Dean of the College Larry Breitborde kicked off Knox’s 175th academic year, his last in that role, with a speech stressing the value of experiential learning.
Breitborde drew upon his work as an anthropologist as the “common thread” of his understanding of “the best teaching and learning.” The current Knox educational focus, shaped in no small part by Breitborde, “rests on learning that is both academic and experiential,” Breitborde said.
Establishing the importance of his fieldwork in Liberia in shaping his view of the world, Breitborde went on to warn students about being a “tourist.”
“We should not function as educational tourists,” Breitborde said. “We should not simply enjoy ourselves by viewing different ways of knowing and going home when it’s over — not if we want to learn, not if we really want to educate ourselves, not on this campus.”
He stressed the importance of checking preconceived notions at the door, of suspending any “lenses” that could lead to the filtering of truth.
In order to fully immerse oneself in the Knox education, Breitborde encouraged questioning personal presumptions one may hold.
“Don’t just learn to question the assumptions of the people you read and take apart their arguments; question your own assumptions and explore the role they play in what you think you understand,” Breitborde said.
President Teresa Amott introduced Breitborde, mirroring the feelings of the entire college in saying goodbye to Breitborde, the Dean of the College and Vice President for Academic Advancement since July 1995.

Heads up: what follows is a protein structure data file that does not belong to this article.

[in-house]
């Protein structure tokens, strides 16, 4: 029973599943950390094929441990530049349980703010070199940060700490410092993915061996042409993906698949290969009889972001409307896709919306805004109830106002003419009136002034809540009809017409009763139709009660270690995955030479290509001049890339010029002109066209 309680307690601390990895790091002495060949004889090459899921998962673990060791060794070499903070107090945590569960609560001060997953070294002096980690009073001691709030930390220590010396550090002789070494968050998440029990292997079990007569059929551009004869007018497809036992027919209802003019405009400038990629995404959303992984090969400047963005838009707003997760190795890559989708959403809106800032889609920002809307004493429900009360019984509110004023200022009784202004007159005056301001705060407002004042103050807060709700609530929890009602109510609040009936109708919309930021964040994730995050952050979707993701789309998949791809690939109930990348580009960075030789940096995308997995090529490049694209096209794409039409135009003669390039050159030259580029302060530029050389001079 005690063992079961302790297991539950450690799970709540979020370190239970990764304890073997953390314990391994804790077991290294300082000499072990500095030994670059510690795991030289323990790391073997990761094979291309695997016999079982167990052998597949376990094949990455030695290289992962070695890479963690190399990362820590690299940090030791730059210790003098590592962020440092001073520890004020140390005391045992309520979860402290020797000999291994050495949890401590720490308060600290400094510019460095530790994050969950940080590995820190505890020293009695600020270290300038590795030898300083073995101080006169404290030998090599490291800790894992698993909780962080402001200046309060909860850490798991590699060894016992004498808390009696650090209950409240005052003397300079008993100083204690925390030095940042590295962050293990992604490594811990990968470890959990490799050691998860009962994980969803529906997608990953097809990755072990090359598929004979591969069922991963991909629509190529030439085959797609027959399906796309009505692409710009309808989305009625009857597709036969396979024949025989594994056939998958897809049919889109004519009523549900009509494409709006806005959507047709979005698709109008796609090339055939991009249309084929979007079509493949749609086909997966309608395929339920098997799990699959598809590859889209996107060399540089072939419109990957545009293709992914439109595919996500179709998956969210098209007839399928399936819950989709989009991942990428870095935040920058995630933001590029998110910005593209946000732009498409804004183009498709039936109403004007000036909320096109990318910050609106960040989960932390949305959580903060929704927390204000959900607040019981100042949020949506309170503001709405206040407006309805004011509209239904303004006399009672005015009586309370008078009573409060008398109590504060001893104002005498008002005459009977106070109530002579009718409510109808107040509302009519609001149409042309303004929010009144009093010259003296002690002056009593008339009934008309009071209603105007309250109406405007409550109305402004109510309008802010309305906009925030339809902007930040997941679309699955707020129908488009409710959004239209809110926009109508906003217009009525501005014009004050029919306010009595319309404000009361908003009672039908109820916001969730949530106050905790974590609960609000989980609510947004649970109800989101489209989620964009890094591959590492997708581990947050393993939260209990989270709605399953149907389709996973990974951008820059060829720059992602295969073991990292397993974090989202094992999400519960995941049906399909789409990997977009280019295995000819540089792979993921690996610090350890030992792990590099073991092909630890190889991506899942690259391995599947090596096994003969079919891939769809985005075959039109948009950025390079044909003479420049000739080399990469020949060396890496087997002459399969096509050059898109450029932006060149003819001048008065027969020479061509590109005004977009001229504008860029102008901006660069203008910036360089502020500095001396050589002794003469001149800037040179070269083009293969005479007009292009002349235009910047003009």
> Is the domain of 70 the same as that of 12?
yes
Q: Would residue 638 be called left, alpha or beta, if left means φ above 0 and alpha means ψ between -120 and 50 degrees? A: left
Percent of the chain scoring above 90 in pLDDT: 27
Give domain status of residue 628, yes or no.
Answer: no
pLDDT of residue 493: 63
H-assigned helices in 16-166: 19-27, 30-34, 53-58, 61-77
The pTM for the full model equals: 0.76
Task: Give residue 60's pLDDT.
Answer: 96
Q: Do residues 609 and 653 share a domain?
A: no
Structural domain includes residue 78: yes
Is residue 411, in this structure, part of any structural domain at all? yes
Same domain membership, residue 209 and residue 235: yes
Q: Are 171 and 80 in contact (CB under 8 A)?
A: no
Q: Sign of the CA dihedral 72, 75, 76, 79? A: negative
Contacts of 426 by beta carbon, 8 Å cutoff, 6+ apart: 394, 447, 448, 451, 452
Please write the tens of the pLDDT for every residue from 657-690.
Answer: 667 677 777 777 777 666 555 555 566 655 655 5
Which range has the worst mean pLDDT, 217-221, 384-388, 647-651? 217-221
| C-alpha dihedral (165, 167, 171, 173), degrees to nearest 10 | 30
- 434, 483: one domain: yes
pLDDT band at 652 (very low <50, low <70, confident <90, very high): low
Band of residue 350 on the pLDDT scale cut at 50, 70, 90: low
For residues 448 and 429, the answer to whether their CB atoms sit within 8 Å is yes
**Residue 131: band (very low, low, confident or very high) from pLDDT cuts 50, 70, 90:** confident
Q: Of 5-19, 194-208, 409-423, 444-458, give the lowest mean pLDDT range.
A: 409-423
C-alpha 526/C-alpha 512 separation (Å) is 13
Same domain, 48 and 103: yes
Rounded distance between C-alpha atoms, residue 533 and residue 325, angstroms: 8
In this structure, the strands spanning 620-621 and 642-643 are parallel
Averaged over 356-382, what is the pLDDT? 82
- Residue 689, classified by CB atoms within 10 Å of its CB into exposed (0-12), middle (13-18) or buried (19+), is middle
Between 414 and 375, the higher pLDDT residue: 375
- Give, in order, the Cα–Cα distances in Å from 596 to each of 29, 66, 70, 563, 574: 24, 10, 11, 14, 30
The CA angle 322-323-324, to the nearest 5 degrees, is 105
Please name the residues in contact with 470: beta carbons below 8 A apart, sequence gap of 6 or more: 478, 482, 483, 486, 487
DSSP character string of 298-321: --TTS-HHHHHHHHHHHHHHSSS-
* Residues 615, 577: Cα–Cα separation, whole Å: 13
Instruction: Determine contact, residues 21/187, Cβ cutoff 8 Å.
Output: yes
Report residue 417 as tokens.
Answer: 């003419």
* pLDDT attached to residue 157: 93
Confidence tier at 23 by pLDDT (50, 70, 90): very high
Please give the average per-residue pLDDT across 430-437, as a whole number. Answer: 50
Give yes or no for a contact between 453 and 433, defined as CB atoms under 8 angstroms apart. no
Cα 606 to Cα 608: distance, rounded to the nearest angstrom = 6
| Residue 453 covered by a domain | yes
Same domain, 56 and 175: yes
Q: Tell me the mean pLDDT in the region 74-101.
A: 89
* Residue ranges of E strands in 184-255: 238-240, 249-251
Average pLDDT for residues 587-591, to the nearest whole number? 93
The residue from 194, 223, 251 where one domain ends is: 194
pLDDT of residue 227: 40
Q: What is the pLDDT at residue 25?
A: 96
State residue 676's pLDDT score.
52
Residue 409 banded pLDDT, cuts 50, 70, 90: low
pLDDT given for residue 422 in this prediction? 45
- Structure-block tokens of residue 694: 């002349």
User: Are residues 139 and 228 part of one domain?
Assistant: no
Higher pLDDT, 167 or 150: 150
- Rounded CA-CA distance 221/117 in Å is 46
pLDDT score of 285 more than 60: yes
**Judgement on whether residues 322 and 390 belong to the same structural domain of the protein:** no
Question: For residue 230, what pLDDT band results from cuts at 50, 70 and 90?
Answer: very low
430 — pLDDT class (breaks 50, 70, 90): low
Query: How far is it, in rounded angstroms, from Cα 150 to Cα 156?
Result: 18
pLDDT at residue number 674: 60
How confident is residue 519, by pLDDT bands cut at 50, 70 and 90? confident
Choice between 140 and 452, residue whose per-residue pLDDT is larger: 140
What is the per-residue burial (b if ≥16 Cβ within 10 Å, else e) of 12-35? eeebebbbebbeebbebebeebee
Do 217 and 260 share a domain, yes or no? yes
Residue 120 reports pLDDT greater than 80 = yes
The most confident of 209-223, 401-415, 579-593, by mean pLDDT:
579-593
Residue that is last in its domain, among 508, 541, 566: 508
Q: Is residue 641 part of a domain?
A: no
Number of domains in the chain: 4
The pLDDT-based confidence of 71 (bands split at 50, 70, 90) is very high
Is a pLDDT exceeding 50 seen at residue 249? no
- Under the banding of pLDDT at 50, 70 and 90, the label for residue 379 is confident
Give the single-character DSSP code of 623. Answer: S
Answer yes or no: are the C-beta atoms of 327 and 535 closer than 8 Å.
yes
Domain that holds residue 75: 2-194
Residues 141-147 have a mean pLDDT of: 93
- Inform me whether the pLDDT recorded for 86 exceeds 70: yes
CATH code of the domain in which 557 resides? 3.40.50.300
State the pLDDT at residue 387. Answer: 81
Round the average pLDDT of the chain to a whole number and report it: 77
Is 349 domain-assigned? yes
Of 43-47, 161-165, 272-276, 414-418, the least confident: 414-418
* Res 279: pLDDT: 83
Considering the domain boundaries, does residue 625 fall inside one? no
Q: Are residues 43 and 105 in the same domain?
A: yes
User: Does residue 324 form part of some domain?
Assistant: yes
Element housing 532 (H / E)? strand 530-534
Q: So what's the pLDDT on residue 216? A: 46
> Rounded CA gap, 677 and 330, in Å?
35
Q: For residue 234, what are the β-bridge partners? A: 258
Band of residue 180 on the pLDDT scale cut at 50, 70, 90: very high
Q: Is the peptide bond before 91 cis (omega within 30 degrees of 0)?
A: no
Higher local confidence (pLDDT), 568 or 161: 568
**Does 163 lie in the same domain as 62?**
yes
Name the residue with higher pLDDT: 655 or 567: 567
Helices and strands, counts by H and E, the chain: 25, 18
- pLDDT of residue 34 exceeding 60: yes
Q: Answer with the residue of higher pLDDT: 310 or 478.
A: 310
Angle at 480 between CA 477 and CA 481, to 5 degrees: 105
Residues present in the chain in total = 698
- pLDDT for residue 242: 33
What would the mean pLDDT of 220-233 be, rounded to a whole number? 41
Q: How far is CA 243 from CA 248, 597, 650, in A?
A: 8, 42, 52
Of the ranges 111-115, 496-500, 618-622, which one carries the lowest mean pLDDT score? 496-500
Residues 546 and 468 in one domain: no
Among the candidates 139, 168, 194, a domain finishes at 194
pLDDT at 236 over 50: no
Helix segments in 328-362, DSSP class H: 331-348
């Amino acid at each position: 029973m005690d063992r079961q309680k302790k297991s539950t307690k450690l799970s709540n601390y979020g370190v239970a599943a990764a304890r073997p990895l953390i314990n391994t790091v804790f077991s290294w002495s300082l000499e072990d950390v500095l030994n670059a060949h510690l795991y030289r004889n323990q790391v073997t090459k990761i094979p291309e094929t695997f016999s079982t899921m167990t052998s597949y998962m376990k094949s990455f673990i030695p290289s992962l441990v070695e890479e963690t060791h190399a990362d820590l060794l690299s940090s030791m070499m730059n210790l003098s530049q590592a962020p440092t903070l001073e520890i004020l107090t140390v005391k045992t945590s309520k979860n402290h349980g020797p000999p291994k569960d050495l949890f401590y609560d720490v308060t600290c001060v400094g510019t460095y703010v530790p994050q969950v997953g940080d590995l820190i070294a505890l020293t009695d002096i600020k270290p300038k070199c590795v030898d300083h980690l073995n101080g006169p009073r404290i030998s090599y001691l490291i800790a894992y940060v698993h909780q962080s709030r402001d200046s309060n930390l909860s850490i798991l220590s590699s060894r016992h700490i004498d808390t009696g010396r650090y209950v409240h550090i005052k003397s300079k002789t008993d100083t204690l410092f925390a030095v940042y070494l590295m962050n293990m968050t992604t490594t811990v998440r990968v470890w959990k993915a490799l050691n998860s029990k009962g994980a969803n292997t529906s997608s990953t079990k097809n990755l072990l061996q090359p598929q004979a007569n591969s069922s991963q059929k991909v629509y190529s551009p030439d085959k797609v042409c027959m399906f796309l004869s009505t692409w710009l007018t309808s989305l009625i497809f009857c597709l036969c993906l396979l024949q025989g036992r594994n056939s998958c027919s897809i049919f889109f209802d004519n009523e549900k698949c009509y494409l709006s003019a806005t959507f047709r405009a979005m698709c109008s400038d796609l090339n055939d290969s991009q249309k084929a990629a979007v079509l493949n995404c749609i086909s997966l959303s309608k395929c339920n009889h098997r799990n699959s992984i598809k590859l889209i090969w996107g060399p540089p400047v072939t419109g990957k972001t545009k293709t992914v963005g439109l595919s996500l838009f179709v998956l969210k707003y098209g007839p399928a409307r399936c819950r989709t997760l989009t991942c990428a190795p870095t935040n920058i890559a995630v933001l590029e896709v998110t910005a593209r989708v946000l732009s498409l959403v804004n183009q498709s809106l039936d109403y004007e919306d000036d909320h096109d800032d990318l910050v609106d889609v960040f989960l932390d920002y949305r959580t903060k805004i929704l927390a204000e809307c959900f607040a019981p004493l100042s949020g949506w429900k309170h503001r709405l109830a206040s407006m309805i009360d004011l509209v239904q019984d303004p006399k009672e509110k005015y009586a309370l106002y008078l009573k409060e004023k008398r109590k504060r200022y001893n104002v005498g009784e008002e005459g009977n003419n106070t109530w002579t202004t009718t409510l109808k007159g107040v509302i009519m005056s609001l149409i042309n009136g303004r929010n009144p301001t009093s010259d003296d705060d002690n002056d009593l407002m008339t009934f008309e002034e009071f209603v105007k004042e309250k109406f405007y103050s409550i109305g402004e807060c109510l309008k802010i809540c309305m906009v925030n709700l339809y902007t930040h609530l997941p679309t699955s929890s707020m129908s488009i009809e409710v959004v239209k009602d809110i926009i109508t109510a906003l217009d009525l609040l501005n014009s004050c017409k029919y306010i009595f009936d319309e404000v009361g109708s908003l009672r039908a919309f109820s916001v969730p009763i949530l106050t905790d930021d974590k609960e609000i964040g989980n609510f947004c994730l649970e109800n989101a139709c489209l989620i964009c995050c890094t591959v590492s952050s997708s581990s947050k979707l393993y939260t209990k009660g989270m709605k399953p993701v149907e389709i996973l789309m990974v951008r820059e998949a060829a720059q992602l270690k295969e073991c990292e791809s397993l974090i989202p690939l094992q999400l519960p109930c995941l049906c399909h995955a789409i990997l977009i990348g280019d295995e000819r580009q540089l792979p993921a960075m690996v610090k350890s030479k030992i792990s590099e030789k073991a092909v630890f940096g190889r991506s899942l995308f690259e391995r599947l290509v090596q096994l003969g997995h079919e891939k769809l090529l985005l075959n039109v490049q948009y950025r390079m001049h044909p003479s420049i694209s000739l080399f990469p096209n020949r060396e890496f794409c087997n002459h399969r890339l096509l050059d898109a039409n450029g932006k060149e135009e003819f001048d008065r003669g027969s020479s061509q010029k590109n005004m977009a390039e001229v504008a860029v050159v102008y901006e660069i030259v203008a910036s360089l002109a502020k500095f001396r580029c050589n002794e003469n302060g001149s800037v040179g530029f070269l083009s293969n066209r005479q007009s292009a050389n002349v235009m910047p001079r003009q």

Amott touched upon his instrumental administrative dealings with the college, following with a list of Breitborde’s professional and academic accomplishments. Unable to quell the swell of emotions completely, Amott was visibly choked up while eventually welcoming Breitborde, “the best liberal arts college dean in America,” to the podium.
Breitborde’s imminent departure, along with his contributions to the college, according to Amott, made him a logical choice when considering convocation speakers for the main address.
While hushing an emphatic applause, Breitborde said, “I want to thank President Amott for reading that introduction exactly as my family read it,” emphasizing the close nature of even the most professional relationships at Knox.
“Teaching and learning at a small residential community: that’s what my professional life has been about,” Breitborde said.
Recently appointed Chair of the Board of Trustees Duke Petrovich ’74 opened the hour-long convocation with a lively account of his years as a student and his business accomplishments since.
Touching on the changes he has witnessed and personally experienced, Petrovich then focused on the constants: “The one thing that hasn’t changed is the Knox experience … my love for Knox.”
Before passing the podium to Amott, Petrovich detailed a “defining moment” in which Professor Wilbur F. Pillsbury warned him against setting his sights too low. He warned the healthy mix of first-year students and upperclassmen in a similar fashion in saying “reach for new heights.”
A few faculty, staff and student awards were also presented during the ceremony. Following are a few of them.
Note: Anna Meier is editor-in-chief for The Knox Student.